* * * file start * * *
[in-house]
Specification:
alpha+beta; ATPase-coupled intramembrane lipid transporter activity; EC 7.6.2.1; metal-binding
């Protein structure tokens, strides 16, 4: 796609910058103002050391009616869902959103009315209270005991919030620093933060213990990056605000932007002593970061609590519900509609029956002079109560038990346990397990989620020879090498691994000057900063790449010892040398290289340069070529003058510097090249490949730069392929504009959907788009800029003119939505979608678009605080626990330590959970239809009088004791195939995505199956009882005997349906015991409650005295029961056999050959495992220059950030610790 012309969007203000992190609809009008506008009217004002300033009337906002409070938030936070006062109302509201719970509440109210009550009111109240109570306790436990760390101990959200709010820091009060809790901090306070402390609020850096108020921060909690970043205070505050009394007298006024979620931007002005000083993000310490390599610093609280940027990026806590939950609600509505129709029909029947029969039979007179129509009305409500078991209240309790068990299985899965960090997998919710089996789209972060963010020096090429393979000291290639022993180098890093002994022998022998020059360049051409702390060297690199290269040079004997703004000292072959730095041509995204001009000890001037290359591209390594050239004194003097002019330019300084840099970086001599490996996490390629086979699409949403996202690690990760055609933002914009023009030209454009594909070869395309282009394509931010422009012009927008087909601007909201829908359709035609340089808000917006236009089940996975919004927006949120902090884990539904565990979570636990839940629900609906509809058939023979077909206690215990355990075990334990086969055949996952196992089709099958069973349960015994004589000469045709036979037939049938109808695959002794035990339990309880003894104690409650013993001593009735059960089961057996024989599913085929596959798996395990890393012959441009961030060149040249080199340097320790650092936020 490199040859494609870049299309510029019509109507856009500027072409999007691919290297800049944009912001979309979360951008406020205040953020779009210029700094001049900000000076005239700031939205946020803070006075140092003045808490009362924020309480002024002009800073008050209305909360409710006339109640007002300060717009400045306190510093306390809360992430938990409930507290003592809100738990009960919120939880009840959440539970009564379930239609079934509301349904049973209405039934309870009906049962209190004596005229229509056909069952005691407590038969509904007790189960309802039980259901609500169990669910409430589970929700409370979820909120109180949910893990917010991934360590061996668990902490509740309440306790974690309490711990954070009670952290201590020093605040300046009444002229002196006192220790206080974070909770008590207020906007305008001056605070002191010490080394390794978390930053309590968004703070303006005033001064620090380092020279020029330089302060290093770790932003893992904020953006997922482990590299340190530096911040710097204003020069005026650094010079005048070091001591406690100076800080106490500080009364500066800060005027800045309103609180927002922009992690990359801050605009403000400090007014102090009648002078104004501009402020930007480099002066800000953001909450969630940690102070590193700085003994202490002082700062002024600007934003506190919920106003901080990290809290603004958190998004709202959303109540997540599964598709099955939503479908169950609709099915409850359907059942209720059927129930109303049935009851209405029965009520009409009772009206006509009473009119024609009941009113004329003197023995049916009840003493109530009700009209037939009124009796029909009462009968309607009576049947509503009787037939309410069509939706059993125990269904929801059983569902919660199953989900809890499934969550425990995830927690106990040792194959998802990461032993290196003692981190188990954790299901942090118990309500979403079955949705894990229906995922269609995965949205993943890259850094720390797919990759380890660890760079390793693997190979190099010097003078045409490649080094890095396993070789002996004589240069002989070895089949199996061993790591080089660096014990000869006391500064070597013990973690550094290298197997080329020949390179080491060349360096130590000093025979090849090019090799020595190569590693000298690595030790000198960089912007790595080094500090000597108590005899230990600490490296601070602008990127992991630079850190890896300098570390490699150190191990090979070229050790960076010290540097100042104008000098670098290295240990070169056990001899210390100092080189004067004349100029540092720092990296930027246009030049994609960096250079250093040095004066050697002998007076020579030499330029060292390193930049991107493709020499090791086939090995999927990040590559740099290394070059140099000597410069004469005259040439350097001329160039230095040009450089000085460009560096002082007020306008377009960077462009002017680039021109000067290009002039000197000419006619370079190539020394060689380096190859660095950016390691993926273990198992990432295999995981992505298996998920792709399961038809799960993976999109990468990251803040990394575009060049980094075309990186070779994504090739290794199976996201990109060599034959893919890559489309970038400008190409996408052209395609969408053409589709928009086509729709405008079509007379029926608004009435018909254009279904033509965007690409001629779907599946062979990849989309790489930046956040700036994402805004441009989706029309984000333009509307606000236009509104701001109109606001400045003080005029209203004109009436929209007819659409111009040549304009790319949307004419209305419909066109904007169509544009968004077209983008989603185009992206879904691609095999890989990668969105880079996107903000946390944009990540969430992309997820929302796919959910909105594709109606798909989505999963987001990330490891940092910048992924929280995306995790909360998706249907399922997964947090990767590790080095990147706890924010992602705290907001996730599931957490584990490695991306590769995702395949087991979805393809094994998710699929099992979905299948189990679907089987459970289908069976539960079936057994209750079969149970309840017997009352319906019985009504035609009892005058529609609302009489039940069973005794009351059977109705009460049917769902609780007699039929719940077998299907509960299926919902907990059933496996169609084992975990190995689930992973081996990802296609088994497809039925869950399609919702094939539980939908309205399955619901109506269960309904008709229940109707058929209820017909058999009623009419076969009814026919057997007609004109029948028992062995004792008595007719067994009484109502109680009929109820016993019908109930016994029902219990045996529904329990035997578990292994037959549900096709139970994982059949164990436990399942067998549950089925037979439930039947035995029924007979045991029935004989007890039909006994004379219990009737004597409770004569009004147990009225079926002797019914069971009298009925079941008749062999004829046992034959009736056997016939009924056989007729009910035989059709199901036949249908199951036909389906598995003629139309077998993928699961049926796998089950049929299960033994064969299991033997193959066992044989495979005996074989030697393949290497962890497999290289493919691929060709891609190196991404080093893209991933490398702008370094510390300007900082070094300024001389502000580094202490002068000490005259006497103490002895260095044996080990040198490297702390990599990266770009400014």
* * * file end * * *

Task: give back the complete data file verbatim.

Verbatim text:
[in-house]
Specification:
alpha+beta; ATPase-coupled intramembrane lipid transporter activity; EC 7.6.2.1; metal-binding
């Protein structure tokens, strides 16, 4: 796609910058103002050391009616869902959103009315209270005991919030620093933060213990990056605000932007002593970061609590519900509609029956002079109560038990346990397990989620020879090498691994000057900063790449010892040398290289340069070529003058510097090249490949730069392929504009959907788009800029003119939505979608678009605080626990330590959970239809009088004791195939995505199956009882005997349906015991409650005295029961056999050959495992220059950030610790 012309969007203000992190609809009008506008009217004002300033009337906002409070938030936070006062109302509201719970509440109210009550009111109240109570306790436990760390101990959200709010820091009060809790901090306070402390609020850096108020921060909690970043205070505050009394007298006024979620931007002005000083993000310490390599610093609280940027990026806590939950609600509505129709029909029947029969039979007179129509009305409500078991209240309790068990299985899965960090997998919710089996789209972060963010020096090429393979000291290639022993180098890093002994022998022998020059360049051409702390060297690199290269040079004997703004000292072959730095041509995204001009000890001037290359591209390594050239004194003097002019330019300084840099970086001599490996996490390629086979699409949403996202690690990760055609933002914009023009030209454009594909070869395309282009394509931010422009012009927008087909601007909201829908359709035609340089808000917006236009089940996975919004927006949120902090884990539904565990979570636990839940629900609906509809058939023979077909206690215990355990075990334990086969055949996952196992089709099958069973349960015994004589000469045709036979037939049938109808695959002794035990339990309880003894104690409650013993001593009735059960089961057996024989599913085929596959798996395990890393012959441009961030060149040249080199340097320790650092936020 490199040859494609870049299309510029019509109507856009500027072409999007691919290297800049944009912001979309979360951008406020205040953020779009210029700094001049900000000076005239700031939205946020803070006075140092003045808490009362924020309480002024002009800073008050209305909360409710006339109640007002300060717009400045306190510093306390809360992430938990409930507290003592809100738990009960919120939880009840959440539970009564379930239609079934509301349904049973209405039934309870009906049962209190004596005229229509056909069952005691407590038969509904007790189960309802039980259901609500169990669910409430589970929700409370979820909120109180949910893990917010991934360590061996668990902490509740309440306790974690309490711990954070009670952290201590020093605040300046009444002229002196006192220790206080974070909770008590207020906007305008001056605070002191010490080394390794978390930053309590968004703070303006005033001064620090380092020279020029330089302060290093770790932003893992904020953006997922482990590299340190530096911040710097204003020069005026650094010079005048070091001591406690100076800080106490500080009364500066800060005027800045309103609180927002922009992690990359801050605009403000400090007014102090009648002078104004501009402020930007480099002066800000953001909450969630940690102070590193700085003994202490002082700062002024600007934003506190919920106003901080990290809290603004958190998004709202959303109540997540599964598709099955939503479908169950609709099915409850359907059942209720059927129930109303049935009851209405029965009520009409009772009206006509009473009119024609009941009113004329003197023995049916009840003493109530009700009209037939009124009796029909009462009968309607009576049947509503009787037939309410069509939706059993125990269904929801059983569902919660199953989900809890499934969550425990995830927690106990040792194959998802990461032993290196003692981190188990954790299901942090118990309500979403079955949705894990229906995922269609995965949205993943890259850094720390797919990759380890660890760079390793693997190979190099010097003078045409490649080094890095396993070789002996004589240069002989070895089949199996061993790591080089660096014990000869006391500064070597013990973690550094290298197997080329020949390179080491060349360096130590000093025979090849090019090799020595190569590693000298690595030790000198960089912007790595080094500090000597108590005899230990600490490296601070602008990127992991630079850190890896300098570390490699150190191990090979070229050790960076010290540097100042104008000098670098290295240990070169056990001899210390100092080189004067004349100029540092720092990296930027246009030049994609960096250079250093040095004066050697002998007076020579030499330029060292390193930049991107493709020499090791086939090995999927990040590559740099290394070059140099000597410069004469005259040439350097001329160039230095040009450089000085460009560096002082007020306008377009960077462009002017680039021109000067290009002039000197000419006619370079190539020394060689380096190859660095950016390691993926273990198992990432295999995981992505298996998920792709399961038809799960993976999109990468990251803040990394575009060049980094075309990186070779994504090739290794199976996201990109060599034959893919890559489309970038400008190409996408052209395609969408053409589709928009086509729709405008079509007379029926608004009435018909254009279904033509965007690409001629779907599946062979990849989309790489930046956040700036994402805004441009989706029309984000333009509307606000236009509104701001109109606001400045003080005029209203004109009436929209007819659409111009040549304009790319949307004419209305419909066109904007169509544009968004077209983008989603185009992206879904691609095999890989990668969105880079996107903000946390944009990540969430992309997820929302796919959910909105594709109606798909989505999963987001990330490891940092910048992924929280995306995790909360998706249907399922997964947090990767590790080095990147706890924010992602705290907001996730599931957490584990490695991306590769995702395949087991979805393809094994998710699929099992979905299948189990679907089987459970289908069976539960079936057994209750079969149970309840017997009352319906019985009504035609009892005058529609609302009489039940069973005794009351059977109705009460049917769902609780007699039929719940077998299907509960299926919902907990059933496996169609084992975990190995689930992973081996990802296609088994497809039925869950399609919702094939539980939908309205399955619901109506269960309904008709229940109707058929209820017909058999009623009419076969009814026919057997007609004109029948028992062995004792008595007719067994009484109502109680009929109820016993019908109930016994029902219990045996529904329990035997578990292994037959549900096709139970994982059949164990436990399942067998549950089925037979439930039947035995029924007979045991029935004989007890039909006994004379219990009737004597409770004569009004147990009225079926002797019914069971009298009925079941008749062999004829046992034959009736056997016939009924056989007729009910035989059709199901036949249908199951036909389906598995003629139309077998993928699961049926796998089950049929299960033994064969299991033997193959066992044989495979005996074989030697393949290497962890497999290289493919691929060709891609190196991404080093893209991933490398702008370094510390300007900082070094300024001389502000580094202490002068000490005259006497103490002895260095044996080990040198490297702390990599990266770009400014």